I am not a professional painter, by any means. However, what I do have is plenty of time on my hands, leftover remodeling bits and a little creative inspiration. A small budget and the need to have some crap on my walls is my creative inspiration.
Today, we are going to make a piece of art from cheap plywood. And, it’s gonna be awesome.
What you will need:
Oops paint (this is paint that has been mis-tinted and is usually $5 a gallon at most hardware stores), or leftover paint you no longer have feelings for.
A paintbrush, sanding block or sand paper, a tape measure, a skill saw with a wood blade, polyurethane (I use the fast drying kind) and a scrappy piece of plywood.
I spare EVERY expense when it comes to art that I might burn later on if I hate the outcome. Get the cheap ‘chipboard’. It has a blue edge. A 4×8 sheet of this stuff costs around $10, or go by a salvage store and buy some scrap.
You will need an electric drill and 2” drywall screws (that is, if you want to hang your art directly onto the wall like I do.) Otherwise, you can mount picture hanging devices on the back and hang it the old fashioned way.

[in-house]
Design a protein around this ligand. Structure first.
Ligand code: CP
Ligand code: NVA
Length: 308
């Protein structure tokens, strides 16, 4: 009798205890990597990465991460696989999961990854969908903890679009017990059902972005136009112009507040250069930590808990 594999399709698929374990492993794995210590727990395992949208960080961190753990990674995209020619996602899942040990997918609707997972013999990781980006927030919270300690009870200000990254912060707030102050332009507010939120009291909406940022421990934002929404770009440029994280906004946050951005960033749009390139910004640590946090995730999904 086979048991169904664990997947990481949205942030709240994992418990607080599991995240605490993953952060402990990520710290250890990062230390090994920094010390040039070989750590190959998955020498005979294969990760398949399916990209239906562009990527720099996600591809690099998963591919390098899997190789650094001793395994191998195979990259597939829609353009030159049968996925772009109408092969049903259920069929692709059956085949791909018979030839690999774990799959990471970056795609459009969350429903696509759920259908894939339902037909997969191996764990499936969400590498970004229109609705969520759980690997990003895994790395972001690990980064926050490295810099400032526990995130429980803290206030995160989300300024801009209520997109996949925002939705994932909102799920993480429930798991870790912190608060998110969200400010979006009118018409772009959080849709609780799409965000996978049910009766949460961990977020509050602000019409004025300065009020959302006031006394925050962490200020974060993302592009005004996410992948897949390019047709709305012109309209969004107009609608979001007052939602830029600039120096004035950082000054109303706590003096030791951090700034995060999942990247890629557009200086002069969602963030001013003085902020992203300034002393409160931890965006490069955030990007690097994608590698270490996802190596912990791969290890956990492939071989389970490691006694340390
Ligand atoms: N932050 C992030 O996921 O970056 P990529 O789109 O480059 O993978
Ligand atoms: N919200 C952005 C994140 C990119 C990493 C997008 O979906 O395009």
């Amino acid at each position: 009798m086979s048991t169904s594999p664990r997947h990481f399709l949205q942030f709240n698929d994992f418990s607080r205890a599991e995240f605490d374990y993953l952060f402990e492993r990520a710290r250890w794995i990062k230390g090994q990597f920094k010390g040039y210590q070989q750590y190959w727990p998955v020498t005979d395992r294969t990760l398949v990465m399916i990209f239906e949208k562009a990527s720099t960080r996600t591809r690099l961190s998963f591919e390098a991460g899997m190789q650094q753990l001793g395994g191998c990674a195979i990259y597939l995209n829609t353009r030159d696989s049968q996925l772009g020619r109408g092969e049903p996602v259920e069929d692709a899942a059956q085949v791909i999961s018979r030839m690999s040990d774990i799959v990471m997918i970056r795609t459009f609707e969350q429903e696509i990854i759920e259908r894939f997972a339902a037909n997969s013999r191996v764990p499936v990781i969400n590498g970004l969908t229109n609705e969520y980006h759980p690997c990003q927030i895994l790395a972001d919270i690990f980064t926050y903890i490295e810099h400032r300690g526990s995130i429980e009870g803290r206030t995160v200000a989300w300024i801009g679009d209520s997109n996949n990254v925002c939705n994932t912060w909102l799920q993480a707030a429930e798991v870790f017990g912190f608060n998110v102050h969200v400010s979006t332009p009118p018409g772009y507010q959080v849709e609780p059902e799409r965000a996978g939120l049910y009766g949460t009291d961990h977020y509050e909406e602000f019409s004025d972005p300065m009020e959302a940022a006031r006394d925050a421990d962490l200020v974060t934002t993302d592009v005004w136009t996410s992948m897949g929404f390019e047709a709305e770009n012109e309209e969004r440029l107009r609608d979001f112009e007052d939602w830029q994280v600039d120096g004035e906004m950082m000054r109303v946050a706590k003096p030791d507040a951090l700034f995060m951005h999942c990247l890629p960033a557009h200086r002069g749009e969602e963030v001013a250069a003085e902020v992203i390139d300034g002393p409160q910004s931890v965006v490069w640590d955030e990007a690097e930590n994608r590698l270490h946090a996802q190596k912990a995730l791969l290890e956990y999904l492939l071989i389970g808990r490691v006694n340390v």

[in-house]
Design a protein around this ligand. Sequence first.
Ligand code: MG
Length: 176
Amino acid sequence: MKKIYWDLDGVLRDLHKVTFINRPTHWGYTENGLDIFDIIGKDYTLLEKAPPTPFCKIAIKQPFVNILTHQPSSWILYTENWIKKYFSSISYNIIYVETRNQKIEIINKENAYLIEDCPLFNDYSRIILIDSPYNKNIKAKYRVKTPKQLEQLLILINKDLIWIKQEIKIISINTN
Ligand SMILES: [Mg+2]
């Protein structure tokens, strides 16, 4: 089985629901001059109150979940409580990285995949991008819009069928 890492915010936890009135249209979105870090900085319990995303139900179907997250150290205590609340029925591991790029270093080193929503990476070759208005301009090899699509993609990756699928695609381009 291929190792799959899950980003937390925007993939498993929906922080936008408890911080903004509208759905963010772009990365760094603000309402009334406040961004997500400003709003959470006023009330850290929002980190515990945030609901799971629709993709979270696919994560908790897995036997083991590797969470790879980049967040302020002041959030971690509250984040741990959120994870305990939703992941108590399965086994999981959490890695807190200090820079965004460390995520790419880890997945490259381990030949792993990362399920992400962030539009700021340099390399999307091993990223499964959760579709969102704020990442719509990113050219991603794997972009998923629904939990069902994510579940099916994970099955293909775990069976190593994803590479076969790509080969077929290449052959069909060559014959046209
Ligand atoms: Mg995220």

Next, draw a silhouette-type design on it. I decided to go for a deer head with antlers.
I know, don’t freak out. If you think you can’t draw, google ‘silhouette’ and find a design you like. Print it off and outline your design like you are in kindergarten. Don’t worry, it doesn’t have to be perfect.
Check out my line work below and it will make you feel better.
Use your oops paint to fill in the silhouette. Again, it does not have to be perfect. This is a rough piece of plywood and the paint will not go on in a straight line all of the time. That’s what makes this cool…and easy.
After your paint has dried, break out the polyurethane. I usually buy one of those disposable foamy brushes, but I didn’t have any on hand. If are applying polyurethane with a paintbrush, make sure that it is an ‘oil’ paintbrush. You will also need mineral spirits to clean it out. Yuck.
Thus the reason why I usually buy a foamy brush. Let the poly dry. You can apply a second coat of poly if your wood is really thirsty or you want it doubly shiny.
Now is the glorious moment.
I hung this piece by drilling straight through with 2” drywall screws on the black sections of the silhouette. I then touched up the screw heads with more black paint.
You can also use picture hanging devices that attach to the back side of the plywood and hang it as most normal people do.
But you know I have never enjoyed being normal…